THOMAS SCHLUMPBERGER

It’s not always easy to identify a contaminating species in food. Animal meats often undergo a tremendous amount of processing before being sold as the final food product on supermarket shelves. The end product rarely resembles its whole animal predecessor, making it extremely difficult to distinguish between species that might be present, often allowing contamination to go undetected and food authenticity to go unchecked.

Fig. 1—The bioMérieux FoodExpert-ID® Array.The presence of unwanted or unknown animal species in food can have a rang…




Fig. 2—A strand of RNA (purple) will partner with its matching strand of DNA (green). However, if the bases aren’t complementary, the strands won’t fit together.


Fig. 5—Shining a laser light on the microarray causes the tagged RNA fragments that hybridized to glow. This microarray shows the presence of goose DNA in the feed sample but no cow, sheep, or pig DNA.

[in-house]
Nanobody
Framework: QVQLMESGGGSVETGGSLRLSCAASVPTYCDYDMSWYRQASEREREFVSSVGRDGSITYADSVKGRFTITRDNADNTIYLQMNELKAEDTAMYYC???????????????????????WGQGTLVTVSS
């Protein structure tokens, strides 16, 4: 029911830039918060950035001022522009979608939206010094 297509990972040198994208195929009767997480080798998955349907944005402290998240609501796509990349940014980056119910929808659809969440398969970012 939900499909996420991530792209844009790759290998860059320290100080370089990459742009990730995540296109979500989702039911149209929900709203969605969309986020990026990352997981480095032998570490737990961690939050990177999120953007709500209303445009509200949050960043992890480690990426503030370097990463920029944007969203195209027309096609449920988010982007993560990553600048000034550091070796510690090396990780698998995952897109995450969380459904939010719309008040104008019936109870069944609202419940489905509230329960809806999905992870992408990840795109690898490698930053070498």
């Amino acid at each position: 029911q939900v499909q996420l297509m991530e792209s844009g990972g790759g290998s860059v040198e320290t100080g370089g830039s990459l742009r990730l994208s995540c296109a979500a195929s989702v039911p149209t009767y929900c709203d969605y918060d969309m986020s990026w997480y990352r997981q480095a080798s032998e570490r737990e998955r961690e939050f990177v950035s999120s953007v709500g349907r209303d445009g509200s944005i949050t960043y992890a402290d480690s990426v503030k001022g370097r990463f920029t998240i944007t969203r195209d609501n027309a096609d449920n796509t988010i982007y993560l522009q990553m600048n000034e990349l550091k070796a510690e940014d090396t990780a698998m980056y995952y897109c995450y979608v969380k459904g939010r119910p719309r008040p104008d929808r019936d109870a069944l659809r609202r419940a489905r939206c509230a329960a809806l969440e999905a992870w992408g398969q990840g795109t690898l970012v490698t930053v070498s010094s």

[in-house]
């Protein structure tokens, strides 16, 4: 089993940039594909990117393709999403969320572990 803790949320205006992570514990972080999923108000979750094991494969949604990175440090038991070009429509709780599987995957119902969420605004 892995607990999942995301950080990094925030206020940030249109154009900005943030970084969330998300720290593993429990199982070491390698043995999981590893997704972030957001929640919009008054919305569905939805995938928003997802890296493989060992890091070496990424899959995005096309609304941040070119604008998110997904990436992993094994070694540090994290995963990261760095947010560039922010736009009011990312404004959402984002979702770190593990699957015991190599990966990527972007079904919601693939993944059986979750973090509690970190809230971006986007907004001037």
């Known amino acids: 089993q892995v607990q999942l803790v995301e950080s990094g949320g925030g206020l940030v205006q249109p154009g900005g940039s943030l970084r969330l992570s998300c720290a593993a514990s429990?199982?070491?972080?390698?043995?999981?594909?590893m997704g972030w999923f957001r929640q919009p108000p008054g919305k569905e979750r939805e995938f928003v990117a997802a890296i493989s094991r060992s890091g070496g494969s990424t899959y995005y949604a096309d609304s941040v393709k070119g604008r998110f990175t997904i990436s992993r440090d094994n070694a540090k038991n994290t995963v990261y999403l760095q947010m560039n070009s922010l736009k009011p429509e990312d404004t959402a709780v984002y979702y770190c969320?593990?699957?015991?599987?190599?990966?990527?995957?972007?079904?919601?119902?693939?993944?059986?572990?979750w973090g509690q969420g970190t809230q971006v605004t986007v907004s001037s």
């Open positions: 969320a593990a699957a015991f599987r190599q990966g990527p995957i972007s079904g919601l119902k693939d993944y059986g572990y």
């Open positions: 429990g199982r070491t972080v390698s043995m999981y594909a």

Fig. 6—An Affymetrix scientist injects a sample into a microarray for testing. If RNA in the sample matches a DNA probe on the array, there will be a perfect complement and the RNA will pair with its partner probe.


Fig. 7—The scientist analyzes a scanned image of an array. Computer software interprets the image into a data file that is analyzed to generate results.

Fig. 8—A computer readout from a scanned microarray shows the genes that are detected by a single GeneChip® probe array. When zoomed in on, scientists can see the different levels of fluorescence coming from the individual probe locations. Some probes detect their complementary sequence (strong intensity, white and red features), and some do not (weak intensity, blue and black features).

Table 2—Comparison of species identified by the microarray and to those actually in the commercial food product


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